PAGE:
The vast majority of Japan’s 42 viable commercial nuclear reactors have not had detailed checkups performed on the air conditioning and ventilation systems of their central control rooms, it has been learned.
According to Japan Atomic Power Co. and nine utilities that manage nuclear power plants, the checkups — conducted at only two of the plants so far — are carried out without removing the insulation on the pipes.
Last month, Chugoku Electric Power Co. found extensive corrosion and holes, including one measuring 30 cm by 100 cm, in the ventilation pipes of the No. 2 reactor at the Shimane nuclear plant in Matsue, Shimane Prefecture. It was the first time the utility had removed the covering on the pipes since the reactor booted up in 1989.
Concluding the pipes were not functioning properly, Chugoku Electric reported the degradation to the Nuclear Regulation Authority.
In the event of a accident, control rooms, which are staffed around the clock, must be self-contained to prevent outside air from entering.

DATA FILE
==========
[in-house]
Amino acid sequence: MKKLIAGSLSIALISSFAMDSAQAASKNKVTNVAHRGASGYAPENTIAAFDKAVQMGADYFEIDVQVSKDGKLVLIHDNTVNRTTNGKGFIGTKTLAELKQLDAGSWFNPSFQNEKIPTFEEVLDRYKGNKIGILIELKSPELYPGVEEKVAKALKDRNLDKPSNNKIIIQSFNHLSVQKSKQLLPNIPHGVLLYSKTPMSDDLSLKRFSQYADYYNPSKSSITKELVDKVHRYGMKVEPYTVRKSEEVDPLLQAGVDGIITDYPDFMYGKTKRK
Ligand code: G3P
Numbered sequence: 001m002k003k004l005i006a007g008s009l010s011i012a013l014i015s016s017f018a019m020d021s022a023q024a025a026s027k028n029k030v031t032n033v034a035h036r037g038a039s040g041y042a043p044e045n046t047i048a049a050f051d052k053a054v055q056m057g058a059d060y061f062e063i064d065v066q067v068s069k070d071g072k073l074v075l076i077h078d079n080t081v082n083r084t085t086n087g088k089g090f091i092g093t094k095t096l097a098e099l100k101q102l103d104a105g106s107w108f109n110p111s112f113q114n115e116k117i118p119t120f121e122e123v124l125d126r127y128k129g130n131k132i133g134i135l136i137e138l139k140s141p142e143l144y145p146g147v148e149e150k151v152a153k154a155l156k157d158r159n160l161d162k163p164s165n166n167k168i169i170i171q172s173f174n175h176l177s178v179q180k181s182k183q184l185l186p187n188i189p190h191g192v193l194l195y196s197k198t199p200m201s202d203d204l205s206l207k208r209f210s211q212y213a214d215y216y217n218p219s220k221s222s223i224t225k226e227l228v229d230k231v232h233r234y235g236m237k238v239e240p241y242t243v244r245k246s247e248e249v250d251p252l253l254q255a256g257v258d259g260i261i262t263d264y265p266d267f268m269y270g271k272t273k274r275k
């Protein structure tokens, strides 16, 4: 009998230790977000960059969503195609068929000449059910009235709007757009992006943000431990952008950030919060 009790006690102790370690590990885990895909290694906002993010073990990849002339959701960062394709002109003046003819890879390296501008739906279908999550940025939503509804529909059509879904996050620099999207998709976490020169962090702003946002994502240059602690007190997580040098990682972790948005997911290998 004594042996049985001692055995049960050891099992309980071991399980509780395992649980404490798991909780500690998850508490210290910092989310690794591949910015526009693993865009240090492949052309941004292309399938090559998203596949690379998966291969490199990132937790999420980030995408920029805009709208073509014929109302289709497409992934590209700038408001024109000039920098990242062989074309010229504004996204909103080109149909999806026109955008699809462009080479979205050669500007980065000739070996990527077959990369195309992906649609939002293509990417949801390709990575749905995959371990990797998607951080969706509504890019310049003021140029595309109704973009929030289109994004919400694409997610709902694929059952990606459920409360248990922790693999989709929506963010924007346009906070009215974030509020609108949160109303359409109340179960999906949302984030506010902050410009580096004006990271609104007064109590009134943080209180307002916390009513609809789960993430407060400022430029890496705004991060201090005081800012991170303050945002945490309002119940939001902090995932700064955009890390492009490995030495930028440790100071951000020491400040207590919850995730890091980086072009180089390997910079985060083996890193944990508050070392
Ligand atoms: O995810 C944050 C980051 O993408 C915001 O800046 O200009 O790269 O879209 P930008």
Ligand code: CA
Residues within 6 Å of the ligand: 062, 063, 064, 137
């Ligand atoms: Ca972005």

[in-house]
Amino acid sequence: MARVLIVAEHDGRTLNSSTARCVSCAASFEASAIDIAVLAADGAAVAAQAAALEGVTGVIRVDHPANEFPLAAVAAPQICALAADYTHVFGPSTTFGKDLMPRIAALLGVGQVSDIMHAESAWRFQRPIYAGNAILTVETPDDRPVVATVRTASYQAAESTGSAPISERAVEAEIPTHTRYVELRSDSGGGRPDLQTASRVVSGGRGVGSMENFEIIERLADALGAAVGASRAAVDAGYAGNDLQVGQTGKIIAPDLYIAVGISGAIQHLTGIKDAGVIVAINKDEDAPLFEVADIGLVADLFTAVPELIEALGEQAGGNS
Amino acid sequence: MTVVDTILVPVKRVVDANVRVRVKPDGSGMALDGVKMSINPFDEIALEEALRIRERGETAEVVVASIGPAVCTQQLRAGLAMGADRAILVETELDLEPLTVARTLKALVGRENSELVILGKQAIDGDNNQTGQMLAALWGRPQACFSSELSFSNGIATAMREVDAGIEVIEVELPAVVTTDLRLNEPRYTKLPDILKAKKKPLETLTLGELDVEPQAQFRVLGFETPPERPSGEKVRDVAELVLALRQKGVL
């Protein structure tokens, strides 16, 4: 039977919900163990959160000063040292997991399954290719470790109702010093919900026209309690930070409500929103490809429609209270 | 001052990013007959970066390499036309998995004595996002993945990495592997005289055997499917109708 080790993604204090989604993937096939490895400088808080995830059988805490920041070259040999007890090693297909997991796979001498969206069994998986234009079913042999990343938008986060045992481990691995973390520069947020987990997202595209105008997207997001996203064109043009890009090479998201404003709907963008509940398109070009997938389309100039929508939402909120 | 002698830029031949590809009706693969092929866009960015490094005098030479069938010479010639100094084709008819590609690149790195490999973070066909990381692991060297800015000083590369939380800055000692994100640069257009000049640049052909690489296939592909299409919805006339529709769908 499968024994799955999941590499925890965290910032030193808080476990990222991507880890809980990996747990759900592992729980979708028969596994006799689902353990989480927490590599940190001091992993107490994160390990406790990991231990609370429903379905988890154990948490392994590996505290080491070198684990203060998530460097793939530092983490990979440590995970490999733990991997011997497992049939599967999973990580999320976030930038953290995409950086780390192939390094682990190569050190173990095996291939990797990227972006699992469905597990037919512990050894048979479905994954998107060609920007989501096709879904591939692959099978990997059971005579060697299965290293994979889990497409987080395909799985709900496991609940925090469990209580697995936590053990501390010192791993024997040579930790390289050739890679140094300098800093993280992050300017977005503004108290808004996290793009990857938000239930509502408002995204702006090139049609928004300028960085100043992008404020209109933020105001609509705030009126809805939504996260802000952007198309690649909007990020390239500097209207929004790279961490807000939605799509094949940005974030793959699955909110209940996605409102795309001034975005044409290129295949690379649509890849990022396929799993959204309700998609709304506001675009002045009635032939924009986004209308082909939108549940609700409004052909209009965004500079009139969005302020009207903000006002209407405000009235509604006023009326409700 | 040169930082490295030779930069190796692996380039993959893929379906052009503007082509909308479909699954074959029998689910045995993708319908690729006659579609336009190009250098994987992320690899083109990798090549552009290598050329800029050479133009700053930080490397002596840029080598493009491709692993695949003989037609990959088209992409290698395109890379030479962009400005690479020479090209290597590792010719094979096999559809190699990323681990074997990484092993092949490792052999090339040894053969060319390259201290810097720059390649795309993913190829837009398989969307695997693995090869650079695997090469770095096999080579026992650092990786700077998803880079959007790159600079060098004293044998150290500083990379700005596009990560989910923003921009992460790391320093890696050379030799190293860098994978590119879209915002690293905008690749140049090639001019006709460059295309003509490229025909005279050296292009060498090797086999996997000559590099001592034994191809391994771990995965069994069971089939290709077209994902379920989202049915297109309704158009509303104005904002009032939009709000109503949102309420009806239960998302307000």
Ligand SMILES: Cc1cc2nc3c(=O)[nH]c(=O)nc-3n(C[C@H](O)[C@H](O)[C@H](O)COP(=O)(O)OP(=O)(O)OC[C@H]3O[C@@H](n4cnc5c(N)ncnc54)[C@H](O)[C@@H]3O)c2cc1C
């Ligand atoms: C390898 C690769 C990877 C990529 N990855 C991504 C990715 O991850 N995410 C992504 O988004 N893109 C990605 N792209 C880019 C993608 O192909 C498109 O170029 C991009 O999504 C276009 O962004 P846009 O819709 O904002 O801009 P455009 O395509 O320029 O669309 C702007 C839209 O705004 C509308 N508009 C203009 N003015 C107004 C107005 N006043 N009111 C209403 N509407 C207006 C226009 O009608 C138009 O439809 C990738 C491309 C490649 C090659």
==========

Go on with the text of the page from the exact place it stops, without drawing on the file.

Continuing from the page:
Five reactors at the three nuclear plants that have been reactivated since 2015 have not undergone pipe inspections in which their insulation was removed. Of the five, the No. 1 reactor at Kyushu Electric Power Co.’s Sendai plant in Kagoshima Prefecture and the No. 3 reactor at Shikoku Electric Power Co.’s Ikata plant in Ehime Prefecture are currently in operation.
Following the discovery of the pipe degradation at the Shimane No. 2 reactor, the NRA plans to check conditions at all of the nation’s nuclear plants, sources said.
Hokuriku Electric Power Co. detected rust in the ventilation pipes of the No. 1 reactor at its Shika nuclear plant in Ishikawa Prefecture in 2003. After removing the covers and conducting further inspections, the company replaced the equipment in 2008.
The NRA suspects that the pipe corrosion at the Shimane No. 2 reactor may violate nuclear regulatory standards, an official said.
“As the plant is located near the sea, salt-containing air may have flowed into the pipes and hastened corrosion,” a Chugoku Electric official said.
Most of the nation’s nuclear plants are in coastal areas because they use seawater to cool their turbines.